Court processes

When a child or young person is assessed as being in need of protection, and a parent is not able and willing to protect them, an application will be made to the Childrens Court for a Court Assessment Order or a Child Protection Order.

A new statutory body called the Director of Child Protection Litigation will appear in all court matters as the applicant in child protection order applications, from 1 July 2016.

What is the role of the Director of Child Protection Litigation (DCPL)?

The DCPL is responsible for deciding whether an application for a child protection order should be made, the type of order to be applied for and whether to litigate the application.

The DCPL is 'deemed to be' the applicant for all pending child protection order applications at 1 July 2016 and will be the applicant for all child protection order applications filed from that date.

The DCPL will also be the applicant in other related child protection order matters including the transfer of child protection orders and proceedings to participating states and appeals from decisions about child protection orders.

The Director may also provide advice to, or appear on behalf of the department for adoption, family law, QCAT reviews and Hague Child Abduction Convention or other matters relating to the safety, wellbeing or protection of a child.

Departmental staff will continue to attend court in situations where they normally would, as requested by the DCPL.

Court ordered conferences

The DCPL will attend court ordered conferences with the child safety officer and team leader.

The Office of the Child and Family Official Solicitor

The department has established a new Office of the Child and Family Official Solicitor (OCFOS) to provide child safety service centres with legal advice and support with child protection matters that are in, or likely to be in court. OCFOS commences from 1 July 2016.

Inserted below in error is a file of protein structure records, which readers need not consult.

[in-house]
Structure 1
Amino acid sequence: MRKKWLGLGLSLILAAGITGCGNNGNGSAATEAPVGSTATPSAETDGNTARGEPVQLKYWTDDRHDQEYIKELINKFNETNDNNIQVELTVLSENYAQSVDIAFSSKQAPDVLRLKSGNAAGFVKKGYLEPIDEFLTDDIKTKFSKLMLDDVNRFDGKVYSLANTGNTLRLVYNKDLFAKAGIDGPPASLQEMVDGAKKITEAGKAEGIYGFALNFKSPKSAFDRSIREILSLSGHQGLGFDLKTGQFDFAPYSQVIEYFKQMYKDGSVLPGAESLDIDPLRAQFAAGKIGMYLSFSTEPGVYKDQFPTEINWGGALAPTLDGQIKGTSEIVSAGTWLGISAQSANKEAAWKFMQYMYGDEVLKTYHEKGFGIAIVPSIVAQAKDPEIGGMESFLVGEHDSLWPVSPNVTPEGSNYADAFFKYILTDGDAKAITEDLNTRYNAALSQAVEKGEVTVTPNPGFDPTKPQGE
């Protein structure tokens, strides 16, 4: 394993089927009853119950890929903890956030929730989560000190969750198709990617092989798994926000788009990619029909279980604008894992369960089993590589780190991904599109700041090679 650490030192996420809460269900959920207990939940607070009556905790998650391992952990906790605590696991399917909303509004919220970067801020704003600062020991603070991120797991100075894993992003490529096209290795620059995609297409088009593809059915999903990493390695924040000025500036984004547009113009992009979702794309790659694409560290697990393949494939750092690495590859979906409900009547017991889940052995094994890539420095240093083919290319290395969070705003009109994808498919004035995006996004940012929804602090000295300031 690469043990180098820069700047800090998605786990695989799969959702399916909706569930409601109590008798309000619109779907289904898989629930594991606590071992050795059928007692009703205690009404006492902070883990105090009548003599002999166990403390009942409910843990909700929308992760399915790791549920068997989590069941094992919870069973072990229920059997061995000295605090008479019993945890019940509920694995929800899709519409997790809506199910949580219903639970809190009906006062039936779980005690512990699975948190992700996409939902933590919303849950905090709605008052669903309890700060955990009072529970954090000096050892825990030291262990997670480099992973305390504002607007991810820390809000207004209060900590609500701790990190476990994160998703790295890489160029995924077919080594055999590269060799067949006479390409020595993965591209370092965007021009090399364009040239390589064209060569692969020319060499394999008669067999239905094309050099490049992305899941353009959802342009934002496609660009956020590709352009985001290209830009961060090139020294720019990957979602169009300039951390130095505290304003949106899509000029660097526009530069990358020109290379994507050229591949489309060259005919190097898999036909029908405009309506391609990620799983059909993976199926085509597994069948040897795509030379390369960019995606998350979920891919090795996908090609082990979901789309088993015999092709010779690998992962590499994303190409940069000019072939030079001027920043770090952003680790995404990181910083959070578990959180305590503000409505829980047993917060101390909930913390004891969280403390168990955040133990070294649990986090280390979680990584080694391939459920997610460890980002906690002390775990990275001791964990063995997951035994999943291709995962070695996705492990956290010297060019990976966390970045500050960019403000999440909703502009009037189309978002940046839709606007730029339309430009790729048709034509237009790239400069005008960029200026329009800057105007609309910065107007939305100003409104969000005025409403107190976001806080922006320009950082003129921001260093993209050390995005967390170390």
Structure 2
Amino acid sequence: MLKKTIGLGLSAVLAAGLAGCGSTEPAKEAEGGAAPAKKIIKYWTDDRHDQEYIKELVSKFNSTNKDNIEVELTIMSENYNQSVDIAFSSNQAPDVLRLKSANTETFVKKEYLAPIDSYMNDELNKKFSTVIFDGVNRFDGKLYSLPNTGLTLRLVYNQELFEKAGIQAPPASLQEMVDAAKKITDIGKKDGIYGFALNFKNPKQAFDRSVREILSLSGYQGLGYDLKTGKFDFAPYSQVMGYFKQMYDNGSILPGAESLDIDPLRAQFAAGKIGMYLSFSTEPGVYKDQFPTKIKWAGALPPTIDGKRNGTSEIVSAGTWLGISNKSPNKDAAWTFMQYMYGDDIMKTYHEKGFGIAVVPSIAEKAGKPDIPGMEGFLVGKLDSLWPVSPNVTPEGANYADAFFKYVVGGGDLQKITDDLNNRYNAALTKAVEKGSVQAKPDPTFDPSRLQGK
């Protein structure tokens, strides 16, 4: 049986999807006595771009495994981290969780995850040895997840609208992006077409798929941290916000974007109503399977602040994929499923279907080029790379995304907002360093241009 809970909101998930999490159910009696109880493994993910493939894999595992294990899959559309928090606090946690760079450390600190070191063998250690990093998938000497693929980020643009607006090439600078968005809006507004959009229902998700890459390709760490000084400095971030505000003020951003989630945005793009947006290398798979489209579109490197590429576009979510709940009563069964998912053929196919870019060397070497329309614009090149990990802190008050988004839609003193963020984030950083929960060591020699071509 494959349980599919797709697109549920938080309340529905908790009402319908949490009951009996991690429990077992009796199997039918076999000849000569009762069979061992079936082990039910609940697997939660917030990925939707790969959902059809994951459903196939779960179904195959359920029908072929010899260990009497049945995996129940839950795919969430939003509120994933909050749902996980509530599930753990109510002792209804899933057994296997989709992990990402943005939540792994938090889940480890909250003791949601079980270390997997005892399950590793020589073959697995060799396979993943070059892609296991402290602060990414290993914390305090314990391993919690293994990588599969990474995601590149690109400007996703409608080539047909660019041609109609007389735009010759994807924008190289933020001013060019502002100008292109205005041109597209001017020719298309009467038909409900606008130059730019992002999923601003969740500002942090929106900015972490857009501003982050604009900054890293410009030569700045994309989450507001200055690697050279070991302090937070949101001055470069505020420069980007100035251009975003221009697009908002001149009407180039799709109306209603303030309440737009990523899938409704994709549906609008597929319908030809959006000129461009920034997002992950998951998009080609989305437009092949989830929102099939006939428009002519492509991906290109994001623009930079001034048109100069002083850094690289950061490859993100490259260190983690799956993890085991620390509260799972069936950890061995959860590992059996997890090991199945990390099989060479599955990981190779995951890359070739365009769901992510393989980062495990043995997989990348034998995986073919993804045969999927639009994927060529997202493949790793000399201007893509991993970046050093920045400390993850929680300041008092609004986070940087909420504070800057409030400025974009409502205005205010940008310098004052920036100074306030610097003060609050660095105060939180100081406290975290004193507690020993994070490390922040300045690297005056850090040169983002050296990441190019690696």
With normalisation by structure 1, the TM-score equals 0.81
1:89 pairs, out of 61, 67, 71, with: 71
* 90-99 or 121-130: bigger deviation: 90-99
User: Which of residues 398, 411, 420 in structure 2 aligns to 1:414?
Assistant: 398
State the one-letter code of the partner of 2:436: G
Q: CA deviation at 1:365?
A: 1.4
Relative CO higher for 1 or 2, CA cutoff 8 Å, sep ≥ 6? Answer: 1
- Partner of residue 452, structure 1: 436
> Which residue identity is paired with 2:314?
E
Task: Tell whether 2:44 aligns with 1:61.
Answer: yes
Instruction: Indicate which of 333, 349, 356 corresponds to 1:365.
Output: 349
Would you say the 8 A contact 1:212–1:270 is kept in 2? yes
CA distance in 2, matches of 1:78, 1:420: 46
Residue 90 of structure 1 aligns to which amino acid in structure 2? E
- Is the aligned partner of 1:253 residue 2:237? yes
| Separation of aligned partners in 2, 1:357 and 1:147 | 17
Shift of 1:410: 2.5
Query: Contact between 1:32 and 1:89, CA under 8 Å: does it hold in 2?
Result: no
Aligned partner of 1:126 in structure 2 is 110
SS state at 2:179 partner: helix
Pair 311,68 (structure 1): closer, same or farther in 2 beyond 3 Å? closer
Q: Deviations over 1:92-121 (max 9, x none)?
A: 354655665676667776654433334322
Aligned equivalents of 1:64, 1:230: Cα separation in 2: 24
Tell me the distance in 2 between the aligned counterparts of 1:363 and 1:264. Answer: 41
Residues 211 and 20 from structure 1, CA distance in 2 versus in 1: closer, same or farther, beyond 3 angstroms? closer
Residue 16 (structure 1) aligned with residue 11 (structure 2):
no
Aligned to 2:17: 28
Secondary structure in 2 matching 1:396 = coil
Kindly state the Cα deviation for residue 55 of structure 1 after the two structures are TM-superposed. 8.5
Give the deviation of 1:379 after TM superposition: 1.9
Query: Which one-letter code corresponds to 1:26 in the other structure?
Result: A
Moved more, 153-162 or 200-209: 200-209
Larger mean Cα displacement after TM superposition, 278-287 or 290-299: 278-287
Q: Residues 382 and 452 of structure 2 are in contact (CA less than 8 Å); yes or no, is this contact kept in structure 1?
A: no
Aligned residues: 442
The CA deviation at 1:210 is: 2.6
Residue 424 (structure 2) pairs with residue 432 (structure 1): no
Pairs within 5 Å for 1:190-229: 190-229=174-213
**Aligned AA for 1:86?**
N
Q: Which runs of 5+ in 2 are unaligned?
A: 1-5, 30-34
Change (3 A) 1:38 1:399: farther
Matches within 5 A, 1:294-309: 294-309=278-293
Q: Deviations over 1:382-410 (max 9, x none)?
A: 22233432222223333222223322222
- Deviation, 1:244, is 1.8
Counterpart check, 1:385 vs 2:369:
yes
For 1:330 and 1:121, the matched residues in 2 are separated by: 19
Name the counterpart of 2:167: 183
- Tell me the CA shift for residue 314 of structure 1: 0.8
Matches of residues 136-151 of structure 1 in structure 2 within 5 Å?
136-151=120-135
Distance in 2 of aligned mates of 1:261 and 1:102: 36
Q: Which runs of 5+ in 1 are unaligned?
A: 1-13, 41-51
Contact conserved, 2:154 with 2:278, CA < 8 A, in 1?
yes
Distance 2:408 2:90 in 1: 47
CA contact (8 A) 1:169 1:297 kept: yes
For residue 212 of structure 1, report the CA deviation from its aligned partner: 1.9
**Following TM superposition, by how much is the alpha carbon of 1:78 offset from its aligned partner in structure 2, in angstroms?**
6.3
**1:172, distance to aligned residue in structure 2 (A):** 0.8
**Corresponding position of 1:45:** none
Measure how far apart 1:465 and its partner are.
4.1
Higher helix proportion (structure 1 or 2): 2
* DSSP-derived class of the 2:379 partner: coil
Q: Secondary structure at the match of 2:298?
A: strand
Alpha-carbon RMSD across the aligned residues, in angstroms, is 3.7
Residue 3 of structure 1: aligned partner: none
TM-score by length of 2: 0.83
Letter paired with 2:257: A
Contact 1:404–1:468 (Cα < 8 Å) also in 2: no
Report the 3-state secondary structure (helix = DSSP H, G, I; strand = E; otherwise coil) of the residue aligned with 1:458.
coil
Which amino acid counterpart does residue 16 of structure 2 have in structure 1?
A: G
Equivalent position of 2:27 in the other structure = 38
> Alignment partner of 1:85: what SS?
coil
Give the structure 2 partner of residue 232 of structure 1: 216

OCFOS officers are located in child safety service centres, and may provide legal support to more than one service centre.

Who appears in court?

The DCPL will now appear in all court matters as the applicant in child protection applications.

The OCFOS officers will appear for emergency orders such as court assessment orders.


The Childrens Court Rules 2016 and the Director of Child Protection Litigation Act 2016 introduce a duty of disclosure in child protection proceedings in Queensland. This duty is applicable to departmental staff and the DCPL.

Documents that initially need to be disclosed

The Rules say that when the DCPL files a child protection application, it must also at the same time, file an affidavit exhibiting the following documents (if relevant):

  • an assessment from the department of whether the child is in need of protection (the assessment and outcome form)
  • an assessment of the most recent strengths and needs of the child and their parent/s
  • documents from the most recent family group meeting including a case plan (if it was developed)
  • any previous applications or orders for the child (including court assessment orders, temporary assessment orders and temporary custody orders)
  • referrals to an external agency supporting the child or their family members (for example, Evolve or a domestic violence refuge)
  • any independent assessment or report about the child or their parent/s (such as a psychiatric assessment)
  • the child’s birth certificate